learned about the policy from other faculty Other,…
 The results of analyses are not strictly comparable, as the earlier report used a different definition of S&E, among other differences.
 From the Survey of Earned Doctorates (SED) field list, this is equivalent to any field coded from 005 to 599.
 The one recent exception appears to be the medical or health sciences, where the proportion of women among Ph. D.s seemed to have leveled off.
 Recall that Long’s definition of S&E includes the social and behavioral sciences and is thus broader than the definition employed here.
 The committee’s charge did not include a focus on exploring the reasons for gender differences in labor force outcomes outside of academia. Readers should refer to Long (2001) and Xie and Shauman (2003) for a discussion of such factors.
 These data are for just the natural sciences and engineering.
 Other includes industry, government, and the nonprofit sector. Education in this table includes K-12 positions.
 See Alexander C. McCormick, “The 2000 Carnegie Classification: Background and Description (excerpt),” available at http://www. carnegiefoundation. org/dynamic/downloads/file_1_341.pdf [accessed on November 4, 2008]. The Carnegie Foundation updated its classification system in 2005 and is available at http://www. carnegiefoundation. org/classifications/.
 Reports for 80 of the 88 Research I institutions were collected and posted to the National Academies’ Committee on Women in Science and Engineering (CWSEM) homepage, located at http:// www7.nationalacademies. org/cwse/1gender_faculty_links. html.
 This is part of the reason why most of the statistical analyses carried out use regression. A few scholars have used event history or hazard models. See for example Weiss and Lillard (1982), Kahn (1993), and Ginther (2001). See Allison (1984) for an introductory description of the methodology.
 Conducted on odd numbered years until 2003, thereafter on even numbered years, beginning in 2006.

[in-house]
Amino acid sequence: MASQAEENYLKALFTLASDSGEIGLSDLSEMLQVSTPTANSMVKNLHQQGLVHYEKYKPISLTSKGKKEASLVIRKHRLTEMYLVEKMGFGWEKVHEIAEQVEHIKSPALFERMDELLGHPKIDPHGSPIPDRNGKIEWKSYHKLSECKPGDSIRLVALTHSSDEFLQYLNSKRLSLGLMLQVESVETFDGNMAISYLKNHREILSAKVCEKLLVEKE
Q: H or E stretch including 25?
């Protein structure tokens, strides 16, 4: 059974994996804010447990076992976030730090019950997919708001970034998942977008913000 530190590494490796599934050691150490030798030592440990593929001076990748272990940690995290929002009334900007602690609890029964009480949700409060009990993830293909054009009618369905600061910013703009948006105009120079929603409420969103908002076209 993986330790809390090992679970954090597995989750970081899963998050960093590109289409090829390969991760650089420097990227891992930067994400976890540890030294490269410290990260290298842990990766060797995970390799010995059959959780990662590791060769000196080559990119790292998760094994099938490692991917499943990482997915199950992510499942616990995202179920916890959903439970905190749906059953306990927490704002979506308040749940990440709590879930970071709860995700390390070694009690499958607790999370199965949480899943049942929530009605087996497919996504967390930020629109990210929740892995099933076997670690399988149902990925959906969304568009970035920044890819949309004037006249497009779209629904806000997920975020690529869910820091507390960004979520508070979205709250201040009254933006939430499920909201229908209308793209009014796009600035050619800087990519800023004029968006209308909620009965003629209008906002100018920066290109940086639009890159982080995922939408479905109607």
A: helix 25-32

The National Center for Education Statistics also conducted a survey of department chairs during the 1988 NSOPF, but the chairs survey was only done this one time.
 “Survey Methodology: Survey of Doctorate Recipients,” NSF Web site at http://www. nsf. gov/sbe/ srs/ssdr/sdrmeth. htm [accessed on March 17, 2004].
 Interestingly, research is adding care of older family members—for similar reasons as care of children (e. g., Sax et al., 2002).
 A review by the Women in Science & Engineering Leadership Institute (WISELI) at the University of Wisconsin-Madison titled, “Reviewing Applicants: Research on Bias and Assumptions” identified several studies suggesting that female candidates may have a tougher time. Available at http://wiseli. engr. wisc. edu/doc/BiasBrochure_2ndEd. pdf [accessed on October 7, 2008].
 Data for 1979 are from NRC (2001a) and were calculated by taking total number of male and female faculty at Research I institutions and subtracting male and female faculty at Research I institutions who were in social and behavior sciences. Data for 2003 are also from the Survey of Doctorate Recipients (SDR) as calculated by staff, using the same definition of S&E.
 This measure is deficient in two ways. First, the potential applicant pool includes postdocs, individuals with Ph. D.s from foreign institutions, individuals from outside academia, and individuals with current academic positions who are interested in switching to a new position (Ehrenberg, 1992). For example, in a study of physics hires in 2000, Kirby et al. (2001) found that 34 percent of new hires in doctorate-granting institutions had earned Ph. D.s outside of the United States. Likewise, in computer science (Zweben, 2005:10), for 2003-2004: “Thus, more than 75% of the faculty hires made this past year by Ph. D.-granting CS/CE [computer science/computer engineering] departments appear to have been new Ph. D.s, with the rest consisting of a combination of faculty who changed academic positions, persons joining academia from government and industry, new Ph. D.s from outside of North America and from disciplines outside of CS/CE, and non-PhD. holders (e. g., taking a teaching faculty appointment).” Second, it fails to account for the preferences of doctorates.
 Ellipses omitted.
 See also Bain and Cummings (2000).
 This is not a new problem. Stake et al. (1981) found letters of recommendation were more favorable when the letter writers and the job seekers were of the same gender.
 Fractional courses were rounded up to the nearest integral number of courses. Missing data was removed from the data prior to analysis. Finally, the data were from the committee’s survey of faculty.